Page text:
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    Re: Training a pointer- Tips and tricks

    Thanks for the replies so far, especially mastercaster. I’m hoping to keep this thread going while training this dog and hopefully update with some photos and videos. I’m going to try and stay away from e-collars if I can. I bought one for my wife’s pug a bunch of years ago because he’d run away into traffic, but I think I can get away without one.

    Is there a brand/model of launcher that is better than another? Other than crates and chew toys, is there anything else I should be putting on a shopping list?

  8. #7
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    Re: Training a pointer- Tips and tricks

    Quote Originally Posted by Bustercluck View Post
    Thanks for the replies so far, especially mastercaster. I’m hoping to keep this thread going while training this dog and hopefully update with some photos and videos. I’m going to try and stay away from e-collars if I can. I bought one for my wife’s pug a bunch of years ago because he’d run away into traffic, but I think I can get away without one.

    Is there a brand/model of launcher that is better than another? Other than crates and chew toys, is there anything else I should be putting on a shopping list?
    Make yourself a place board/s. They are very useful for teaching "Place" and "Whoa" and getting a dog to come back to the heel position when called in when you're standing right beside it. Those dog beds with the 6 inch plastic legs and canvas top work great. I use one made for small dogs so there's only enough room for the dog to stand or sit on. I often use one in the duck blind for the dog to return to and to keep her off the ground if it's muddy or has a puddle in there when it's raining hard. After the dog has retrieved a bird I just tell her "Place" and she goes straight to it and waits for another bird/s to be shot.

    I wouldn't be too hasty on giving up on the thought of using a e collar. Besides using it to reinforce obedience commands or trash breaking it's also a needed tool for part of the process to force fetch a dog which you may want or have to do if your dog doesn't have a high retrieve drive,,,,, especially if you want your dog to have a 100% reliable retrieve. Will your Irish Setter pup come from strong hunting lines? This may not be true but from what I've heard a lot of Irish Setter have been bred more for show these days than for hunting so their prey drive might not be as high as it once was,,,,, not that they can't be both. Some pointing breed dogs do much better in the field once they've been force fetched. Even natural retriever dogs like labs and chessies are often force fetched these days.

    I'd also start saving bubble wrap that Amazon uses to pack their parcels with. It works great to start teaching your pup not to be gun shy. I started using it the week I brought my pup home. I'd bust one while she was totally distracted eating or playing. Then I started using gun shot noises off the computer starting with lower volumes. Then on to the dollar store cap guns. These were great to start field work with.

    As far as launchers go it's hard to go wrong with the DT launchers. I also use a Lucky Launcher 2 which uses 22 blanks and shoots a sponge-like projectile about 40-50 yards. It floats on water, too, but I usually use it for field work. For the water I use Dokkens. Buy the mallard if you only get one.

    If you can, see if anyone you know who hunts with dogs has an extra frozen duck, chukar, or grouse or two in the freezer because they're great to lay down scent with for your young puppy to try and search for and to retrieve.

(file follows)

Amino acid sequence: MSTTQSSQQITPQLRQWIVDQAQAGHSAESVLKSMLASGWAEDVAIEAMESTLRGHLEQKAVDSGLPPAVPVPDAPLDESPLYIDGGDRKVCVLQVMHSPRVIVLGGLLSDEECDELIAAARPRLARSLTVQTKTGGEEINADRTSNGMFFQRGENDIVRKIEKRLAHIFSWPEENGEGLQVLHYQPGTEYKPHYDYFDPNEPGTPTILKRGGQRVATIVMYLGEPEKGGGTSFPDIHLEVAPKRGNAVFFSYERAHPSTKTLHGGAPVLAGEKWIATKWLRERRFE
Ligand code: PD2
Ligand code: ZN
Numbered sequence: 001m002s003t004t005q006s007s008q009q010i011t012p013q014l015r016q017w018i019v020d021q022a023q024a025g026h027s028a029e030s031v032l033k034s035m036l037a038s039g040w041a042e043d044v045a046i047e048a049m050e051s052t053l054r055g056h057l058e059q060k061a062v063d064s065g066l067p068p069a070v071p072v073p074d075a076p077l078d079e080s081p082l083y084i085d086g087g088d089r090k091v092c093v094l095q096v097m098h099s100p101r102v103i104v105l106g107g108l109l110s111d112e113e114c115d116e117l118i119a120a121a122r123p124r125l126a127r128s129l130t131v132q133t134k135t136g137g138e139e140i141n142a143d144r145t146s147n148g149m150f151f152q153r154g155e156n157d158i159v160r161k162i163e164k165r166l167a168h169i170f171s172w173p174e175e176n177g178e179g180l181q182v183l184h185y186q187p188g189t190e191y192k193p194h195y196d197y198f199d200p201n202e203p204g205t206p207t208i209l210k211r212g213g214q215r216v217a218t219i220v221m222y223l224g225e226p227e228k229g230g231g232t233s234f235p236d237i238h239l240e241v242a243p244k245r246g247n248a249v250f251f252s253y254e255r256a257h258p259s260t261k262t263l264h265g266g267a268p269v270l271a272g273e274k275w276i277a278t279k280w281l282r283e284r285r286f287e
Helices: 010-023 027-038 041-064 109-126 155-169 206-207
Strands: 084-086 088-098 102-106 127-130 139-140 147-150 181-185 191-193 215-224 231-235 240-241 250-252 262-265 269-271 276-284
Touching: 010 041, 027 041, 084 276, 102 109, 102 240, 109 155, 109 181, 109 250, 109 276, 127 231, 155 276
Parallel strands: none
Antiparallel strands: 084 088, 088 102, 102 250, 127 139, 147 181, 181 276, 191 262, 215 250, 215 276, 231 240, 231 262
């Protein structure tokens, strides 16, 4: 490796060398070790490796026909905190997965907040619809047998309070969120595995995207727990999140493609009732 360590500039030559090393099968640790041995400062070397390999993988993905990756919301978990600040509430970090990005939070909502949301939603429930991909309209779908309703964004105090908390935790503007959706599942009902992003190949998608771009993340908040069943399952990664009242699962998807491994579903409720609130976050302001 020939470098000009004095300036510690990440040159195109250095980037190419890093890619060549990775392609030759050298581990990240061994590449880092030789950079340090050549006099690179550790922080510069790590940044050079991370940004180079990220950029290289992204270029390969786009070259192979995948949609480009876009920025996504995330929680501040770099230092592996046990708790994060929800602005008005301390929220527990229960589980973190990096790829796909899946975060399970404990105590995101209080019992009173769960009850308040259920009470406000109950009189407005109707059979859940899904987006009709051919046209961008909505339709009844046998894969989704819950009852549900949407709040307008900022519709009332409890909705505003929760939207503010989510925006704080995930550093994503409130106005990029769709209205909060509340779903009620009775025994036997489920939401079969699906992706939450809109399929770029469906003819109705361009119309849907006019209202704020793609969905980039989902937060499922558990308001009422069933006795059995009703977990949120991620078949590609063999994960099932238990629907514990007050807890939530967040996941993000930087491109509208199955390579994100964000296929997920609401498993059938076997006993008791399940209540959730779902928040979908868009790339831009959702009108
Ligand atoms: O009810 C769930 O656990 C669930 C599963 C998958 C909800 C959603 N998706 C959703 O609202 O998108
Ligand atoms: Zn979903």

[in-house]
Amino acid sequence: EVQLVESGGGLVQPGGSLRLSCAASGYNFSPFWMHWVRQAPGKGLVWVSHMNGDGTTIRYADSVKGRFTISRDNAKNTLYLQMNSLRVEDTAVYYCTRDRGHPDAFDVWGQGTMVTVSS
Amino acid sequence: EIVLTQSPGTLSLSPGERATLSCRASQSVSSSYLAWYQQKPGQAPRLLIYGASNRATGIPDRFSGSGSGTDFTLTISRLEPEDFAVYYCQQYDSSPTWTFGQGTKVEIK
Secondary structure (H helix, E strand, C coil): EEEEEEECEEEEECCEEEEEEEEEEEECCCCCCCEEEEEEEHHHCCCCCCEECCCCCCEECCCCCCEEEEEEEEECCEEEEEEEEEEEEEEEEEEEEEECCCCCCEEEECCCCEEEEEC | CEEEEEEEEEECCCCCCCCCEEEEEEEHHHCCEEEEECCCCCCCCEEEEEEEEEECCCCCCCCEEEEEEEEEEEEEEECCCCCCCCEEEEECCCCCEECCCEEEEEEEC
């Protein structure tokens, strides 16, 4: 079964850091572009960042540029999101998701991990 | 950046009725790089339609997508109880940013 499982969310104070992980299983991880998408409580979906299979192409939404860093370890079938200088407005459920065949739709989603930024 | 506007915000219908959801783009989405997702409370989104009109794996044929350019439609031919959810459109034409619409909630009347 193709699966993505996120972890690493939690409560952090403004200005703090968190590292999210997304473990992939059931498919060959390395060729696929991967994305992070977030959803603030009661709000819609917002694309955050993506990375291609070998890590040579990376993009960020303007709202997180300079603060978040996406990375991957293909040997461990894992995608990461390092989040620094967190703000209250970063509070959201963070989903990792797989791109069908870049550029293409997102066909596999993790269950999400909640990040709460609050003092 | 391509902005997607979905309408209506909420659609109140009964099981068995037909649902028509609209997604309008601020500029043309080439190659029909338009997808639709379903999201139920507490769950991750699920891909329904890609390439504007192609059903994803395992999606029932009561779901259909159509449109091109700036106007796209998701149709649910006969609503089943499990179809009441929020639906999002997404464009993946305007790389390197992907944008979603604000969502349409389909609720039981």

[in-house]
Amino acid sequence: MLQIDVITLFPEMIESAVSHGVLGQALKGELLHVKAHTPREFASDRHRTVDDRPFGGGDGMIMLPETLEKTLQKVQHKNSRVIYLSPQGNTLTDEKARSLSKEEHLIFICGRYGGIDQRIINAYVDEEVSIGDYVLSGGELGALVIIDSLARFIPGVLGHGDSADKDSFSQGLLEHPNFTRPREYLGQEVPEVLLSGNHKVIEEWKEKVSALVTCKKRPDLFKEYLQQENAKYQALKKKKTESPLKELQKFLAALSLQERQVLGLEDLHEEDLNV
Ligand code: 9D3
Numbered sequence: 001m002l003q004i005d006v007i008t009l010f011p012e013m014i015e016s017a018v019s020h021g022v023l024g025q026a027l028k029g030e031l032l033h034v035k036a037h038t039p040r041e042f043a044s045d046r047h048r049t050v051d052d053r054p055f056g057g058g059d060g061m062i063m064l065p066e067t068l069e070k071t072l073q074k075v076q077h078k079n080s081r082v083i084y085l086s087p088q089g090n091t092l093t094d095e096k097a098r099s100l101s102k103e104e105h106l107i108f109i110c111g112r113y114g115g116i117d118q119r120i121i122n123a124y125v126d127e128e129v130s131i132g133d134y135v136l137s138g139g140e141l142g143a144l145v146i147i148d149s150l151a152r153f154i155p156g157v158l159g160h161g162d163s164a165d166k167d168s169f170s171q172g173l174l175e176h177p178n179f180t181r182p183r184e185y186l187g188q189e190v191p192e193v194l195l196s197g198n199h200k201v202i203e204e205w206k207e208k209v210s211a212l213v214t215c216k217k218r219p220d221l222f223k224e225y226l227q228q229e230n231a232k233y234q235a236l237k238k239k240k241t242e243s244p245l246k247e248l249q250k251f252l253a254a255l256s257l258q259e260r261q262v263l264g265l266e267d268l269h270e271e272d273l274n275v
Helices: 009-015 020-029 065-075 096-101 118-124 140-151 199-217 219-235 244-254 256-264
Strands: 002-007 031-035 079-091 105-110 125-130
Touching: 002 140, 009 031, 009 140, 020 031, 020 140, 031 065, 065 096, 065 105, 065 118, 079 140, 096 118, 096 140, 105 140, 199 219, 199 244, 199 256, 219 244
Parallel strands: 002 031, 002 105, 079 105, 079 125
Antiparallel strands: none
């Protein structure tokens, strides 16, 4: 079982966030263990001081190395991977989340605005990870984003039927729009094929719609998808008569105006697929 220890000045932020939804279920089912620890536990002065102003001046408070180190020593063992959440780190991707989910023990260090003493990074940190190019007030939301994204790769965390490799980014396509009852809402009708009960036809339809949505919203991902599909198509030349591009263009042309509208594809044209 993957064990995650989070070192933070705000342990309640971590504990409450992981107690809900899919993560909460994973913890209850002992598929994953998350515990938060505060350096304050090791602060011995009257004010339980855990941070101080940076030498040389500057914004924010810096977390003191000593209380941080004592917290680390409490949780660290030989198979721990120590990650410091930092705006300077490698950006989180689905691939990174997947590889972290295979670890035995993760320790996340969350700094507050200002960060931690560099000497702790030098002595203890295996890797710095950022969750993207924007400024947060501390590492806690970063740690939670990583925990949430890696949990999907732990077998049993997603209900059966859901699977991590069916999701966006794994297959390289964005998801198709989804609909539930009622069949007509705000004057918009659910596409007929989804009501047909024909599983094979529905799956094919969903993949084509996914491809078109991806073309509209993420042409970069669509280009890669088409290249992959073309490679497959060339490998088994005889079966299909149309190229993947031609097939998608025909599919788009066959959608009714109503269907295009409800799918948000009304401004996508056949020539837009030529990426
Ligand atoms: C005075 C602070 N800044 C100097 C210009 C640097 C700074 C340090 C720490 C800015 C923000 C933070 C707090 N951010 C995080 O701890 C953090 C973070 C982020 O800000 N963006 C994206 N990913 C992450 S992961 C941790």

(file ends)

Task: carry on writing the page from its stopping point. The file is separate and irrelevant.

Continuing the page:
Think about signing up with a NAVHDA chapter.
    He's NOT your buddy, buddy!

  9. #8
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    Re: Training a pointer- Tips and tricks

    As far as hunting lines go… that’s why I went with the red and white setter. From what I’ve read the red setters have definitely gone the show route instead of field. Red and whites are hard enough to find as it is, but from what the breeder tells me they're definitely hunters and she does field trials with them. It’s annagh red and whites and she might have a couple more dogs available if anyone is looking. She had 8 males and one female and it sounded like a bunch of the other buyers were looking for females.

    Im not going to rule out the Écollar, I’m just going to try without first and see how it goes. My brother uses one on his griffon and the dog knows exactly when the collar is on and off, when the collar is off he listens less.

    I have contacted the Navhda in Edmonton and I’ll likely join. It’s a bit of a drive for me, but I’m thinking it’ll be a good idea to get involved. There’s also a couple I know I’m town who breed and show dogs who are a bit ahead of me in training so I’m going to pick their brain a bit more And see if we can work together or combine resources.

  10. #9
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    Re: Training a pointer- Tips and tricks

    Quote Originally Posted by Bustercluck View Post

    I have contacted the Navhda in Edmonton and I’ll likely join. It’s a bit of a drive for me, but I’m thinking it’ll be a good idea to get involved. There’s also a couple I know I’m town who breed and show dogs who are a bit ahead of me in training so I’m going to pick their brain a bit more And see if we can work together or combine resources.
    Isaiah on this site is in the process of setting up a lower mainland NAVDHA in case that’s nearer than Edmonton

  11. #10
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    Re: Training a pointer- Tips and tricks

    Quote Originally Posted by bandit View Post
    Isaiah on this site is in the process of setting up a lower mainland NAVDHA in case that’s nearer than Edmonton
    Ya, there's been a FB page set up called Fraser River Basin NAVHDA Interest Group set up and there's already 102 members who have signed on,,,,,mostly BC people and the majority from the lower mainland but some from down south and Alberta and one as far away as Australia!
    He's NOT your buddy, buddy!